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Ky. Legislature Passes Flurry Of Bills Ahead Of Deadline

The Republican-led legislature passed a flurry of bills on the last day before Gov. Andy Beshear’s veto period, including more than $200 million in tax breaks, controversial education policies and a measure ensuring Mitch McConnell is replaced by a Republican if he leaves office.

And the legislature continued to weaken Beshear’s powers during the pandemic, passing a measure to fine the governor’s office more than $900,000 if it spends any federal coronavirus relief money without the legislature’s approval.

If Beshear vetoes any of the bills, lawmakers can easily override him when they return for the final two days of session on March 29 and 30.

But any bills lawmakers pass on those final days will not be veto-proof.

Several high-profile bills didn’t make it across the finish line ahead of the veto period, includingSenate Bill 211, the measuremaking it a crime to insult a police officer andSenate Bill 5, which sought to provide liability protections for businesses during the pandemic.

Here’s some of what passed on Tuesday:

Tax Breaks

Lawmakers passed bills that included more than $200 million in tax breaks on the final day of the veto period, while not passing any measures that increase revenues for the state.

House Bill 249, the legislature’s annual revenue bill, revives the film tax credit with a cap of $75 million, and increases the historic preservation tax credit from $5 million to $100 million.

Rep. Pamela Stevenson, a Democrat from Louisville, said the legislature needs to find ways to generate more money.

“When we continue to give tax credits and tax breaks to those who need them the least, and there’s no proof that it works, and  hasn’t worked because we’d have money in the bank,” Stevenson said.

The legislature also passed a controversial school choice bill that creates a $25 million tax credit program for people who donate to education opportunity accounts.

The tax breaks come as Kentucky is set to receive $2.4 billion from the federal coronavirus relief bill, which includes language barring states from using the funds to cut taxes.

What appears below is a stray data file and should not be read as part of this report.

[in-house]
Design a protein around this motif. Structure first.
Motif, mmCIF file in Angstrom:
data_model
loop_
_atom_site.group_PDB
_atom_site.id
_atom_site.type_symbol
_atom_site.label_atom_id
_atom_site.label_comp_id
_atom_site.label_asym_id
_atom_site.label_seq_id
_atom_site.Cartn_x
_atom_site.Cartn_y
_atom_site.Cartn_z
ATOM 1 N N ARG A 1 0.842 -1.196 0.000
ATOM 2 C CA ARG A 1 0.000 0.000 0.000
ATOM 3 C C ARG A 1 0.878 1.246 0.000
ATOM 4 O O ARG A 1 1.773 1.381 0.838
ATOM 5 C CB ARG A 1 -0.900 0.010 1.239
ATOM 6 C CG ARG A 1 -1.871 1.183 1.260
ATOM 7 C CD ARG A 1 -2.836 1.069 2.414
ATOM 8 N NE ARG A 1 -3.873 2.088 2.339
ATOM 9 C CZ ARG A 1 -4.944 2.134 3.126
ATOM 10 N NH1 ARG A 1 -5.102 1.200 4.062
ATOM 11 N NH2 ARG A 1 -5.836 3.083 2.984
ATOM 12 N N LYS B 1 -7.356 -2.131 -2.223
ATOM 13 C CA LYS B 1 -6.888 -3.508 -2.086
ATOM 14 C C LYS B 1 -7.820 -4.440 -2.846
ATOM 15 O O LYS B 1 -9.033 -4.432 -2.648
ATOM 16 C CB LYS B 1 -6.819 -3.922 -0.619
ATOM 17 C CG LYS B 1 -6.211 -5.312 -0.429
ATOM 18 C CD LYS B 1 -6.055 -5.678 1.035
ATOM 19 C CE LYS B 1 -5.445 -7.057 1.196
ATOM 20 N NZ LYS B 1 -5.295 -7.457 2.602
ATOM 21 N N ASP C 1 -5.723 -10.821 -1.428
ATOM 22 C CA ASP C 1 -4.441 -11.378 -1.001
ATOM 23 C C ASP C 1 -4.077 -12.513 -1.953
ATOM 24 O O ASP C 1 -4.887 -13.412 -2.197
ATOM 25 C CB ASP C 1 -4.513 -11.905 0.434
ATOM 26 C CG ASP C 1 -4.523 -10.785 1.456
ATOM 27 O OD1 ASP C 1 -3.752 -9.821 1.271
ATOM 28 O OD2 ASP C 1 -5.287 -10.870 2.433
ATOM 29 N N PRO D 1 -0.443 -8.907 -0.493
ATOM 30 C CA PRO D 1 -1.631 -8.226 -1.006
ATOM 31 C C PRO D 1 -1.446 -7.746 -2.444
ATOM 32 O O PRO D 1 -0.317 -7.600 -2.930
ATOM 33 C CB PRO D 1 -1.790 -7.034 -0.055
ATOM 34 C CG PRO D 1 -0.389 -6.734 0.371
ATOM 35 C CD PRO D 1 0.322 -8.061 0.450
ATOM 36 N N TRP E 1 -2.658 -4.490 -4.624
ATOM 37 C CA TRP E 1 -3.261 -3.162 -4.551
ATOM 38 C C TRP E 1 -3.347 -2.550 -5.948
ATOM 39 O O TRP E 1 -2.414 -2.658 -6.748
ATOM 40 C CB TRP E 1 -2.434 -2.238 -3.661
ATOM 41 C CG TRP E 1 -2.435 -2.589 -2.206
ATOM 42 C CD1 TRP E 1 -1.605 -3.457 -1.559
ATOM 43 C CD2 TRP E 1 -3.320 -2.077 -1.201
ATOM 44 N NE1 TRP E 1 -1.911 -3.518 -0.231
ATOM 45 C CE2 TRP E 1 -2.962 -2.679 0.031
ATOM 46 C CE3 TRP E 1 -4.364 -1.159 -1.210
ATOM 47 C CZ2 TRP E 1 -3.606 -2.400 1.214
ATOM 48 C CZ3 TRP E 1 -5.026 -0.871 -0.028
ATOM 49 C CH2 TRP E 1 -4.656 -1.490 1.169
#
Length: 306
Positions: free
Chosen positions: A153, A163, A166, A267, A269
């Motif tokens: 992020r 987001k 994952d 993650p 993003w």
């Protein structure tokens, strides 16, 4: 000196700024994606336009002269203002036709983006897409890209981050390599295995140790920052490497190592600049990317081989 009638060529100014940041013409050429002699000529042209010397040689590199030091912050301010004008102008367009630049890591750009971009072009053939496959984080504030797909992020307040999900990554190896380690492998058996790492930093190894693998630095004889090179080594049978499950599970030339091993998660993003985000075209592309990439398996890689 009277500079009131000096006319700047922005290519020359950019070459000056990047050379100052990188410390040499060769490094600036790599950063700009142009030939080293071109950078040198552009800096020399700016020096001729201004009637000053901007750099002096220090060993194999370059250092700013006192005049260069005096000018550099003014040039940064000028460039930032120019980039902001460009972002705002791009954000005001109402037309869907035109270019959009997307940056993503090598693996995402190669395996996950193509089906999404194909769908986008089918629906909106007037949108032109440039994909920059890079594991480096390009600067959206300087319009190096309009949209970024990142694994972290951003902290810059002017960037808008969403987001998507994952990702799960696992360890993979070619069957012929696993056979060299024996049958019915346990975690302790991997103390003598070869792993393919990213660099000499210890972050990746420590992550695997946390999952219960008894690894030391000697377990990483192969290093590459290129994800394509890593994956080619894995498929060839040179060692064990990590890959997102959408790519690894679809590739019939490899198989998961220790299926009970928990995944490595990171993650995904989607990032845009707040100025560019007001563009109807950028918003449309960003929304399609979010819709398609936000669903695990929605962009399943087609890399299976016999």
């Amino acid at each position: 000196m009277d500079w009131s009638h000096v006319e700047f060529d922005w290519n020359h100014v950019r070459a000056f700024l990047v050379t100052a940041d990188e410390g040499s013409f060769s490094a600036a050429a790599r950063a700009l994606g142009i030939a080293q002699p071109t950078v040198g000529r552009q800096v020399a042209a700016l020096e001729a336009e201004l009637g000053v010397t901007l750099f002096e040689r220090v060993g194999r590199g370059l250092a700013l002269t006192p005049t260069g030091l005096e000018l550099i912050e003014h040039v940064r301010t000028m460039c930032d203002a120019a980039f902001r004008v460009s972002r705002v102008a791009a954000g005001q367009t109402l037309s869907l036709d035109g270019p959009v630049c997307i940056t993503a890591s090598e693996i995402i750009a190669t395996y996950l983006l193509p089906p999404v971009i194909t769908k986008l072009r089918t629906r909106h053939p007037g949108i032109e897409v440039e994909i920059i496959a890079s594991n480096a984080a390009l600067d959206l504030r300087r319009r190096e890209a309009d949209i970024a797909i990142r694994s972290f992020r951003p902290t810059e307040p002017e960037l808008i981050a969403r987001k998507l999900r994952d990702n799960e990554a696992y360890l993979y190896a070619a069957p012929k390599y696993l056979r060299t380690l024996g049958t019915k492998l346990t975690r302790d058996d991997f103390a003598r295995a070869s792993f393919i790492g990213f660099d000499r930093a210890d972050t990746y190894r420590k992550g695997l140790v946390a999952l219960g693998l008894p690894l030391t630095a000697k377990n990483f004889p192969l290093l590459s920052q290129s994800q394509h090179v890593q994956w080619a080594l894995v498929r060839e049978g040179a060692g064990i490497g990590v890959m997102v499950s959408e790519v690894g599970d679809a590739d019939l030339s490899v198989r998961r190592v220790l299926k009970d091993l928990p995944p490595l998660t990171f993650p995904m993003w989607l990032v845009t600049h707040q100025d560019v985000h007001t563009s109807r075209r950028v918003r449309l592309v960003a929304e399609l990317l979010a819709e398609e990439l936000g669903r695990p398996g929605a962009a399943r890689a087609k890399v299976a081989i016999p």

Rep. Jason Petrie, a Republican from Eklton, said he was confident lawmakers weren’t breaking the law.

“Since we already have these tax credits in effect and these are modifications not upward, but downward, there should be no adverse effect,” Petrie said.

The Senate passed House Bill 372, which provides $15 million in tax breaks to companies that open data centers in Kentucky and a $5,000 per year tax break for people who work from home for out-of-state companies. It did not pass the House before the veto period.

Beshear COVID Relief Penalty

The legislature passedHouse Bill 405, which includes language that would require Gov. Andy Beshear’s administration to pay more than $900,000 into the state’s rainy day fund if they spend federal coronavirus relief money without the legislature’s approval.

Kentucky is set to receive $2.4 billion in relief money that can be used for coronavirus-related expenses like vaccines and testing, but also for needs like infrastructure investment and boosting salaries of essential workers.

The legislature already barred Beshear from accessing the funds in the state budget that passed earlier this week.

The bill, which was not publicly available Tuesday night, would also boost funding to Republican Attorney General Daniel Cameron’s office to hire personnel and investigate crimes related to the pandemic.

Raising Felony Threshold

The legislature approvedHouse Bill 126 raising the threshold for felony theft, a criminal justice reform measure that has been proposed for years and would reduce the number of people charged with felonies.

Kentucky currently has one of the lowest standards in the nation for what counts as felony theft.

Under current law, stealing anything worth more than $500 in Kentucky can be charged as a Class D felony, meaning it is punishable with a prison sentence of one to five years, a fine and revocation of civil rights.

Under the bill, that threshold will be raised to $1,000.

U.S. Senate Vacancies

The legislature passedSenate Bill 228, changing how Kentucky governors fill vacancies for Kentucky’s seats in the U.S. Senate.